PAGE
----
Bee Branch project moving ahead with property removal - KWWL - Eastern Iowa Breaking News, Weather, Closings

Bee Branch project moving ahead with property removal

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DUBUQUE (KWWL) -- Things are moving along with a $32 million project to stop flooding in a north Dubuque neighborhood. The costly and lengthy flood prevention job is called the Bee Branch Creek resoration project and involves removing dozens of homes and businesses to create a drainage basin for storm water.

This project has been in the works for years, with the city acquiring a lot of commercial and residential property. City engineers saying taking out some property is really to save more than one thousand homes and businesses from future flood damage.

Crews are taking down the first large building this week, an old commercial structure damaged by fire years ago. As planned for the entire building removal process, it's being deconstructed, not demolished.

"You systematically go through the building and salvage items for resale, reuse, that type of thing, recycling," Dubuque Civil Engineer Daron Muehring said.

With this step, some neighbors are seeing their homes closer to being gone.

"Nobody's happy about it," Regine Ronek, a renter on Maple Street, said.

It's all to expose Bee Branch creek as an open waterway, to give storm water a place to go, instead of people's basements. It's an old problem under the ground. The existing sewer has to accomadate seven square miles of storm water, and city engineers say during a heavy storm, it can't do that.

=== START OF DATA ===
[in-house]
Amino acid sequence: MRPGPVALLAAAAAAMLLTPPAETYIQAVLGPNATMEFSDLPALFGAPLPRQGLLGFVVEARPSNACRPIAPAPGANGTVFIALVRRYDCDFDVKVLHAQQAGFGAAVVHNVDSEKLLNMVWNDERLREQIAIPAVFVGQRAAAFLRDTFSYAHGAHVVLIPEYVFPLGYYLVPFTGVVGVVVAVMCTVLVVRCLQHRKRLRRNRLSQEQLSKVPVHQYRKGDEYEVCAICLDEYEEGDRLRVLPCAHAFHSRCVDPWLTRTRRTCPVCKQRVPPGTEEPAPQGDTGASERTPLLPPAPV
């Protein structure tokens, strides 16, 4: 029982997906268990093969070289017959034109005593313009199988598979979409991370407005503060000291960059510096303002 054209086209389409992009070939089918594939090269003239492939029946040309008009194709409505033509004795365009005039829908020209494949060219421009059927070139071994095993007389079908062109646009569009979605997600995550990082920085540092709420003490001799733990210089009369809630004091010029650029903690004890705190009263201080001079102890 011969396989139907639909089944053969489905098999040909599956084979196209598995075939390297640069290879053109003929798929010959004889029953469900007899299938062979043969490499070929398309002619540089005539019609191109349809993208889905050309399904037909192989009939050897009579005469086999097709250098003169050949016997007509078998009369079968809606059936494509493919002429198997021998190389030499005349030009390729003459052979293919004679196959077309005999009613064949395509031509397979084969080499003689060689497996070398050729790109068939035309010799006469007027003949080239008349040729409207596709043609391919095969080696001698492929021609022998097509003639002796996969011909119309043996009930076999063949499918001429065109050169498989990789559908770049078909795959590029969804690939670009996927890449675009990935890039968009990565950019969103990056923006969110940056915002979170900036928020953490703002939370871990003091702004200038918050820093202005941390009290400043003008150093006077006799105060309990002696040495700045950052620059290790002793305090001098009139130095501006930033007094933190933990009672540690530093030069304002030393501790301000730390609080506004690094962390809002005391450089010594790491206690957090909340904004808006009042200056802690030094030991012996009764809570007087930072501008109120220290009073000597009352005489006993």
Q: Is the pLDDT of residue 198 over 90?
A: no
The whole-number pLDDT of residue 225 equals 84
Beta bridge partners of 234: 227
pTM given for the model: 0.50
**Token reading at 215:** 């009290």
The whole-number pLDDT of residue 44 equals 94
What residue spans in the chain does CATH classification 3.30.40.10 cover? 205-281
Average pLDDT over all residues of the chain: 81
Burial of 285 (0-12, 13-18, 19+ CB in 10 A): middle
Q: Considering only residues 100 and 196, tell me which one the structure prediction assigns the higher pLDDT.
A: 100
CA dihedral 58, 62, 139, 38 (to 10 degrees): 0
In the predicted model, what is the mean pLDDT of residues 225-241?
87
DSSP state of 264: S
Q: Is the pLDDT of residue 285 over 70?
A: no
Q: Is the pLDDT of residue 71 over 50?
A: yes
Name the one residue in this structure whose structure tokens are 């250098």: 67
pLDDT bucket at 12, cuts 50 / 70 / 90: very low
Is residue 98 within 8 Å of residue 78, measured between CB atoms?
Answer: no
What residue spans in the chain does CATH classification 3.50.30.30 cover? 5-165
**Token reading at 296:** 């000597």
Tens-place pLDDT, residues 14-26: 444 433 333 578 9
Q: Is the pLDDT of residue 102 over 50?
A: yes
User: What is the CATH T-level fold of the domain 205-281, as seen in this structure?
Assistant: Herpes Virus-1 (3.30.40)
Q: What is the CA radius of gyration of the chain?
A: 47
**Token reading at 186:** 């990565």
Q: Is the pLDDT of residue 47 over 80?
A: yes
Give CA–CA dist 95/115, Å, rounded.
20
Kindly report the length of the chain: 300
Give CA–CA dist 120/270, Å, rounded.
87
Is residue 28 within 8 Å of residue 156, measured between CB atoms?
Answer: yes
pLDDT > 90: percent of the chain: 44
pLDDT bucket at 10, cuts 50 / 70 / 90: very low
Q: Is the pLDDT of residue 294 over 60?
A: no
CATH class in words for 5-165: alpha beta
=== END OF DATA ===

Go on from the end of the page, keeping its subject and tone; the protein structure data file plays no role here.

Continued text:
In fact, they say it would take the equivalent of four new sewers just to accomadate all that water, and engineers say cost and maintenence make a new storm sewer system impractical.

"The cost of doing something of that manner is two to three times as much as it would be to build the open waterway," Muehring said.

They add the open waterway can hold more water and will also act as a community park.

For now, some people have left their homes. Others are holding out, waiting until the trucks come their way.

"They've been talking for years of doing something down here, and taking all these buildings, and now it's starting to happen. But until they come to talk to me, i'm not going to worry about it anymore," Ronek said.

Engineers aren't sure when they'll be able to deconstruct certain homes because they need special state approval since some of the buildings have historic significance or architecture. They hope to get through the regulations by late this summer.

The city still needs to aquire a couple more homes which officials say should be done this month. The city also needs to buy around six commercial buildings farther upstream.

Muehring said all of the money for the project is already in the city's five year capitol budget plan.

Online Reporter:  Jamie Grey

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